(4g) Templated Crystallization: An Emerging Nanofabrication Strategy for Naturally Derived Biopolymers
AIChE Annual Meeting
Sunday, November 7, 2021 - 1:00pm to 3:00pm
My research interests lie at the intersection of materials science, biomacromolecular self-assembly and nanofabrication to engineer a new generation of biopolymer-based materials that can be interfaced with food and plants. In particular, my work is centered around silk fibroin â a naturally occurring structural protein that comes from Bombyx mori silkworm cocoons, which is biodegradable, non-toxic and edible. Over the years there has been a growing effort to reinvent silk as a technical material for a broad range of areas from drug delivery, regenerative medicine to optoelectronics. My work aims to open up a new opportunity where we develop new nanofabrication strategies to engineer silk into advanced functional materials for sustainable agriculture and enhancement of food safety and security.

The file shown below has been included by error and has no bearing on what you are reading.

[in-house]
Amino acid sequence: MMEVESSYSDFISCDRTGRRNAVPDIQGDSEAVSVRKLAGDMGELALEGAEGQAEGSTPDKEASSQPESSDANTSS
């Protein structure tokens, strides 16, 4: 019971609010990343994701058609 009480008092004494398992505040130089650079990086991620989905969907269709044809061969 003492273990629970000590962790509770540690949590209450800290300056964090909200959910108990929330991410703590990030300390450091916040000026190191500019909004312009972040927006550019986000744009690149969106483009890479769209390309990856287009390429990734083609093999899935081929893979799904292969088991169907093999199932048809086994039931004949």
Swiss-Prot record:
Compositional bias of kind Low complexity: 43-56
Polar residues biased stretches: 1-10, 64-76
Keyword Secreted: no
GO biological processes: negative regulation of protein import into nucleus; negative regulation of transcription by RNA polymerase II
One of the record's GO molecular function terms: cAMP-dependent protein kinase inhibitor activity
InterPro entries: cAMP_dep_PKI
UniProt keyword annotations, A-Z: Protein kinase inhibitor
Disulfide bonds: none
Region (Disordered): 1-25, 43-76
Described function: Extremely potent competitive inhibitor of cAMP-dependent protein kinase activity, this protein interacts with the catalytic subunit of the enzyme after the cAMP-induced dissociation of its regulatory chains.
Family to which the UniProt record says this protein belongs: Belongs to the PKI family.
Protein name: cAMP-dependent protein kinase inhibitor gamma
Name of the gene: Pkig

In this presentation, we introduce templated crystallization of silk fibroin as a process to nanofabricate hierarchically structured materials up to centimeter scale. The process involves the use of ordered peptide supramolecular assemblies as templates to drive a phase transformation of silk fibroin from unordered to ordered conformations, thereby enabling further assembly of the silk fibroin chains into nanostructured materials (i.e. Î²-sheeted nanofibrils). Multiple parameters including the relative concentration between silk fibroin and peptide seeds, silk fibroin molecular weight, pH and peptide conformation are investigated to fine tune the assembly kinetics and silk polymorphs. Templated crystallization coupled with various top-down fabrication such as soft lithography and printing enables (i) epitaxial materials growth from the molecular level (i.e. disordered silk fibroin molecules) all the way up to centimeter scale in an exquisite single-pot, bottom-up system; (ii) surface functionalization with topographical control over nanofibrils assembly on pre-deposited peptide seeds; and (iii) three-dimensional manipulation of silk nanofibrils into macroscopic structures with customized shapes and controlled anisotropy. Together, these results pave the way for nanofabrication of a new generation of smart and adaptive materials built from the bottom up.
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